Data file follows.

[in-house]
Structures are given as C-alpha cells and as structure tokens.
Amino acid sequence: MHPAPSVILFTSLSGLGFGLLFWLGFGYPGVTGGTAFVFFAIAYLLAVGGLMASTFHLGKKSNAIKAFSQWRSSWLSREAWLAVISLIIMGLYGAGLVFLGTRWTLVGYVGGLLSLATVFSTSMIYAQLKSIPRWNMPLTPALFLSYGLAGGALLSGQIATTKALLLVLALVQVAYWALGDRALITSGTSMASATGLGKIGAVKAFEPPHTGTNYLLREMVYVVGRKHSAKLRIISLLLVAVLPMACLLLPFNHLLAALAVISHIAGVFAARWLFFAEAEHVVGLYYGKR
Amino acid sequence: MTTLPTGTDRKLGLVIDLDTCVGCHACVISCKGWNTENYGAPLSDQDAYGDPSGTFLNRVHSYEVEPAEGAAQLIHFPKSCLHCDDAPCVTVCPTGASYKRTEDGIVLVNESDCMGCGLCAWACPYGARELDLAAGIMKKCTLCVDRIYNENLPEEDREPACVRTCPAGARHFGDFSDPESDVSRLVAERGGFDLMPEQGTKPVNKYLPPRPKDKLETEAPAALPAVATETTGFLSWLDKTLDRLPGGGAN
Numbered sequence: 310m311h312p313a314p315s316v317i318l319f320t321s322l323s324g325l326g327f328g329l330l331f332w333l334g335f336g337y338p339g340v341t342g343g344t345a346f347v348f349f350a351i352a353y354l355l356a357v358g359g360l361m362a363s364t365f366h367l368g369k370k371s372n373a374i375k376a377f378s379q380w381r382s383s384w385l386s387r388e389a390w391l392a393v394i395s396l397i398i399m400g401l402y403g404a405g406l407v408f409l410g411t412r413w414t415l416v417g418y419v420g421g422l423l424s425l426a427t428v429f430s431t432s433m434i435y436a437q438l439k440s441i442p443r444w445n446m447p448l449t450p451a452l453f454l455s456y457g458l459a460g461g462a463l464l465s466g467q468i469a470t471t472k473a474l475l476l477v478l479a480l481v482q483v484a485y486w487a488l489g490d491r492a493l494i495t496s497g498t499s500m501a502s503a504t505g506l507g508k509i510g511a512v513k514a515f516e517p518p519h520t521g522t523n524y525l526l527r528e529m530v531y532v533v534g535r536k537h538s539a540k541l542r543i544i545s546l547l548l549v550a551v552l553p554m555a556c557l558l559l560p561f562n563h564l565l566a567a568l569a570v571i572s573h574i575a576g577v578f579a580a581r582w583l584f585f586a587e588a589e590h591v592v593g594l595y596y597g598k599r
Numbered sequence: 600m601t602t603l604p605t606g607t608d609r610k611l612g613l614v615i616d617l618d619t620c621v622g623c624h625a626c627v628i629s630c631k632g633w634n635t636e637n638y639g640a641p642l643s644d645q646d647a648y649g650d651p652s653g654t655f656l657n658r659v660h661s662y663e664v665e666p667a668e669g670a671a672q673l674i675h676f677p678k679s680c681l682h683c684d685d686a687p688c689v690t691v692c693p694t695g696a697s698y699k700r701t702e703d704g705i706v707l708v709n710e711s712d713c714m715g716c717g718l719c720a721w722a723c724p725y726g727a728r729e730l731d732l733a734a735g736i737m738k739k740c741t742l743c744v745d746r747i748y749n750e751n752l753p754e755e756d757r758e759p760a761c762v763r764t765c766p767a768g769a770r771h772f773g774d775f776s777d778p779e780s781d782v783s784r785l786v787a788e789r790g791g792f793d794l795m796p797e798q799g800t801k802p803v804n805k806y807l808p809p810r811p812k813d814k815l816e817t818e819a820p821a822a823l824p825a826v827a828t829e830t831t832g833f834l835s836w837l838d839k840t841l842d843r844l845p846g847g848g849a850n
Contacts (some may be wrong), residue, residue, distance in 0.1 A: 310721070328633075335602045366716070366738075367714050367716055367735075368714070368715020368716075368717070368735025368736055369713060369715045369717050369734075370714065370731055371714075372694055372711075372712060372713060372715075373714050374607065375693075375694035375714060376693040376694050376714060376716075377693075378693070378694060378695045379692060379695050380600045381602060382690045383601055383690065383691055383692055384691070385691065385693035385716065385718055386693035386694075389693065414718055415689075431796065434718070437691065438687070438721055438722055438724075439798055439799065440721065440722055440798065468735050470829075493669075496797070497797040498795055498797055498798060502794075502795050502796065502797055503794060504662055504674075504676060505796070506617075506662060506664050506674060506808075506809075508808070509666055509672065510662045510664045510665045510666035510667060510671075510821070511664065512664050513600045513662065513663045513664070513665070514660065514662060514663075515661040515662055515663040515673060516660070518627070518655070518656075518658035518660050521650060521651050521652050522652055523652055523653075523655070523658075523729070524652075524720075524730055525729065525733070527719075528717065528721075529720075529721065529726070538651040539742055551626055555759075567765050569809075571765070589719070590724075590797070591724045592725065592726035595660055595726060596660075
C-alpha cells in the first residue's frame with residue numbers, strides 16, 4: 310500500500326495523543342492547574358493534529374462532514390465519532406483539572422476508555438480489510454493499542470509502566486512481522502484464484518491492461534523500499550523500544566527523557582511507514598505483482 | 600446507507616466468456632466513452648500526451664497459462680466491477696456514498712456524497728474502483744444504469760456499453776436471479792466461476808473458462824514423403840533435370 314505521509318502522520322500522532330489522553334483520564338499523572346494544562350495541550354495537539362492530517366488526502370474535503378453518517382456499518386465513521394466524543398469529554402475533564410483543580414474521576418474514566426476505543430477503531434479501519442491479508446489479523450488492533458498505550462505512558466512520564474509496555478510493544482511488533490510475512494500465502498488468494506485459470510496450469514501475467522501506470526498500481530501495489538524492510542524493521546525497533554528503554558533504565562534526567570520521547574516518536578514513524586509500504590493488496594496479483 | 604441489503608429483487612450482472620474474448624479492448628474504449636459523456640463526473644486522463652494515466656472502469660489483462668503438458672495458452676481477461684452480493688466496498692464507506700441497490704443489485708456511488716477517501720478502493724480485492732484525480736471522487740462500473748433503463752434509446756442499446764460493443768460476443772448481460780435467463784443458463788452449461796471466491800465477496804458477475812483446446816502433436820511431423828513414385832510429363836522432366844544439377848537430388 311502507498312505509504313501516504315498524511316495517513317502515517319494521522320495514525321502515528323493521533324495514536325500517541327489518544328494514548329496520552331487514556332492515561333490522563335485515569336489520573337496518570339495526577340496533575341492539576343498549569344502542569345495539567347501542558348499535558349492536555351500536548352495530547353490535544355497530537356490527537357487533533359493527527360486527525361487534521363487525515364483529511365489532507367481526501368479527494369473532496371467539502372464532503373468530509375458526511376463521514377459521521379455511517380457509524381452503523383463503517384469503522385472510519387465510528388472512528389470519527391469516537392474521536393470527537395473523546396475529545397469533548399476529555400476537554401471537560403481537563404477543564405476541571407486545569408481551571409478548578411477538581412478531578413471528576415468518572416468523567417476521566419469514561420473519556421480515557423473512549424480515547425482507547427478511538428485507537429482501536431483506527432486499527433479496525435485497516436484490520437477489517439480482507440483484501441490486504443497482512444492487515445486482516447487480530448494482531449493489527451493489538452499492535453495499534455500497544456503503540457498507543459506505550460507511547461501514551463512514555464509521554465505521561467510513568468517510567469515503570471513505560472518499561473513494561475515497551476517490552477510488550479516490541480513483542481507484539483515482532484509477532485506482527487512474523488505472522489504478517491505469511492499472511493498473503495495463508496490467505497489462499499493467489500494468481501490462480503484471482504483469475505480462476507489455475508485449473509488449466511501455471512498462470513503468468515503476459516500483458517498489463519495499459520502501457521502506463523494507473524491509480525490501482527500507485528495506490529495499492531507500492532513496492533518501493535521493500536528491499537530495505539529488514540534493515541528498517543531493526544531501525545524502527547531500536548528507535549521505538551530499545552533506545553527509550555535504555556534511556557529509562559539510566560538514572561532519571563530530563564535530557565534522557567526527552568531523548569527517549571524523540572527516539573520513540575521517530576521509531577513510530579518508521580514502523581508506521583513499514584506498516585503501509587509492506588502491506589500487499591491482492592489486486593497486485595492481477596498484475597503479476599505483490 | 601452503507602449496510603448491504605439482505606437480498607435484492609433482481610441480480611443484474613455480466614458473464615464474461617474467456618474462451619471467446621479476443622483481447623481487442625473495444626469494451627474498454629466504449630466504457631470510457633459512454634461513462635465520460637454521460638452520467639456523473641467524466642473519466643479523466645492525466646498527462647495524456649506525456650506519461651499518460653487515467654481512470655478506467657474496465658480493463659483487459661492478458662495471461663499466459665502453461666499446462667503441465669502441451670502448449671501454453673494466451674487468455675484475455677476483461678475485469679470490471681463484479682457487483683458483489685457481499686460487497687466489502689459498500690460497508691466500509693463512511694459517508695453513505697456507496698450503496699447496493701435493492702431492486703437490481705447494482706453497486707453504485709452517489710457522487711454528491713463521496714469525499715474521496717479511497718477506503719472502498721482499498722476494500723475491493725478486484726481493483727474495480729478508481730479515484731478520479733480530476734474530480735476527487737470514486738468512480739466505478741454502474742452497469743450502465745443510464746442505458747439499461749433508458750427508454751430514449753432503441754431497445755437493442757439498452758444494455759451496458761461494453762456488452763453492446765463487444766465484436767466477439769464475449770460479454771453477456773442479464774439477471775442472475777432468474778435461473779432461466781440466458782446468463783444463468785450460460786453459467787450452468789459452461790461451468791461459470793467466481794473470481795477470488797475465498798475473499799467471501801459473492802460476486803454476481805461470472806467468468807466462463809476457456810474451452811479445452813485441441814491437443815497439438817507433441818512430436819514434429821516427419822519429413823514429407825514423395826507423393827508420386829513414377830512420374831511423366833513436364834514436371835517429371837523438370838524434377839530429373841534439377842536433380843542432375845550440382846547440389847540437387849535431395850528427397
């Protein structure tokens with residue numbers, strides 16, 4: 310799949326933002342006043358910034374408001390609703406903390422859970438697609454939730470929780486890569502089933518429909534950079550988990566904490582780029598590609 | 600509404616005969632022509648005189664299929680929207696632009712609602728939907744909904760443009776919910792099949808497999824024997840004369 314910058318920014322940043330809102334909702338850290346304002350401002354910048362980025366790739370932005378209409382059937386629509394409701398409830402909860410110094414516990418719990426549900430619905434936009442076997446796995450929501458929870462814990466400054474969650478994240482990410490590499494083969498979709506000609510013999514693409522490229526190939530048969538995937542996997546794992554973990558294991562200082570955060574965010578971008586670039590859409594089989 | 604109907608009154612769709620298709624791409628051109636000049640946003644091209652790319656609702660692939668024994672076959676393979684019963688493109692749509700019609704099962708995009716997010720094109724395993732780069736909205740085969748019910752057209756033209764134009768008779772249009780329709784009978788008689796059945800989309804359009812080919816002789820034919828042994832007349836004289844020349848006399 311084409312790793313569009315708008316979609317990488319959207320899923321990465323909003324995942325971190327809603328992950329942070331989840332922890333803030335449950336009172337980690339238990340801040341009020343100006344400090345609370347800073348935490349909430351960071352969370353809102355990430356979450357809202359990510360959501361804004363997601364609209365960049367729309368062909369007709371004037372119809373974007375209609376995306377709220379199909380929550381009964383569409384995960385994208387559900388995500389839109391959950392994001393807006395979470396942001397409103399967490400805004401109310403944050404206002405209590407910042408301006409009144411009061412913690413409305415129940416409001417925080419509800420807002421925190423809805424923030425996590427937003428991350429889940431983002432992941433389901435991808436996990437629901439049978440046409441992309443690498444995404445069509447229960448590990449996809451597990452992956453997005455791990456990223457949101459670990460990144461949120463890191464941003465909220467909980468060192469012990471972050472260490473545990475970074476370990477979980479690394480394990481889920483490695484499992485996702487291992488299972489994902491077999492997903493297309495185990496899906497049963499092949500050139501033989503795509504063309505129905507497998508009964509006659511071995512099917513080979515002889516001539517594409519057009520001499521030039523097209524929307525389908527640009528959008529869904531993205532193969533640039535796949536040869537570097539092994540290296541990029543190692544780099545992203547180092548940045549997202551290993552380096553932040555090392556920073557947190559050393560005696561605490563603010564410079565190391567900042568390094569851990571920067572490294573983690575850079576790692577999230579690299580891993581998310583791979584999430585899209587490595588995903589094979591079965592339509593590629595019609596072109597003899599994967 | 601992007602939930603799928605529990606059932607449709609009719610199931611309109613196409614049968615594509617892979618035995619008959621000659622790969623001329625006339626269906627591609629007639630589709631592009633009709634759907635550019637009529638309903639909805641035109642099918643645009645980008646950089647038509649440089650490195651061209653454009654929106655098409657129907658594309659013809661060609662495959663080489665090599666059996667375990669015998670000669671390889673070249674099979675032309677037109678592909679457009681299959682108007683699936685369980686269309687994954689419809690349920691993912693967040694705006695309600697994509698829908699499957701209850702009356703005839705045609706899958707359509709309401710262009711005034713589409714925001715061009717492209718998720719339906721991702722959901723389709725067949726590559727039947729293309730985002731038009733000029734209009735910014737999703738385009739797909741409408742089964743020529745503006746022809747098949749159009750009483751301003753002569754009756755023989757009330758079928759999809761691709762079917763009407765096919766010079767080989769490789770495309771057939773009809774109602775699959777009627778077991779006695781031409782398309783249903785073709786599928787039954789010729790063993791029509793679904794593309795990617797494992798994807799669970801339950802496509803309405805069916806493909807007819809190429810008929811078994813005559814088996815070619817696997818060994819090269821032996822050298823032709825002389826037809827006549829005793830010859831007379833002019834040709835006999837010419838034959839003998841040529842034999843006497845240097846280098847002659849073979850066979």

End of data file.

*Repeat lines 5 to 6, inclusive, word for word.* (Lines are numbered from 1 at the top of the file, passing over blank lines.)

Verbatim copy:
Numbered sequence: 310m311h312p313a314p315s316v317i318l319f320t321s322l323s324g325l326g327f328g329l330l331f332w333l334g335f336g337y338p339g340v341t342g343g344t345a346f347v348f349f350a351i352a353y354l355l356a357v358g359g360l361m362a363s364t365f366h367l368g369k370k371s372n373a374i375k376a377f378s379q380w381r382s383s384w385l386s387r388e389a390w391l392a393v394i395s396l397i398i399m400g401l402y403g404a405g406l407v408f409l410g411t412r413w414t415l416v417g418y419v420g421g422l423l424s425l426a427t428v429f430s431t432s433m434i435y436a437q438l439k440s441i442p443r444w445n446m447p448l449t450p451a452l453f454l455s456y457g458l459a460g461g462a463l464l465s466g467q468i469a470t471t472k473a474l475l476l477v478l479a480l481v482q483v484a485y486w487a488l489g490d491r492a493l494i495t496s497g498t499s500m501a502s503a504t505g506l507g508k509i510g511a512v513k514a515f516e517p518p519h520t521g522t523n524y525l526l527r528e529m530v531y532v533v534g535r536k537h538s539a540k541l542r543i544i545s546l547l548l549v550a551v552l553p554m555a556c557l558l559l560p561f562n563h564l565l566a567a568l569a570v571i572s573h574i575a576g577v578f579a580a581r582w583l584f585f586a587e588a589e590h591v592v593g594l595y596y597g598k599r
Numbered sequence: 600m601t602t603l604p605t606g607t608d609r610k611l612g613l614v615i616d617l618d619t620c621v622g623c624h625a626c627v628i629s630c631k632g633w634n635t636e637n638y639g640a641p642l643s644d645q646d647a648y649g650d651p652s653g654t655f656l657n658r659v660h661s662y663e664v665e666p667a668e669g670a671a672q673l674i675h676f677p678k679s680c681l682h683c684d685d686a687p688c689v690t691v692c693p694t695g696a697s698y699k700r701t702e703d704g705i706v707l708v709n710e711s712d713c714m715g716c717g718l719c720a721w722a723c724p725y726g727a728r729e730l731d732l733a734a735g736i737m738k739k740c741t742l743c744v745d746r747i748y749n750e751n752l753p754e755e756d757r758e759p760a761c762v763r764t765c766p767a768g769a770r771h772f773g774d775f776s777d778p779e780s781d782v783s784r785l786v787a788e789r790g791g792f793d794l795m796p797e798q799g800t801k802p803v804n805k806y807l808p809p810r811p812k813d814k815l816e817t818e819a820p821a822a823l824p825a826v827a828t829e830t831t832g833f834l835s836w837l838d839k840t841l842d843r844l845p846g847g848g849a850n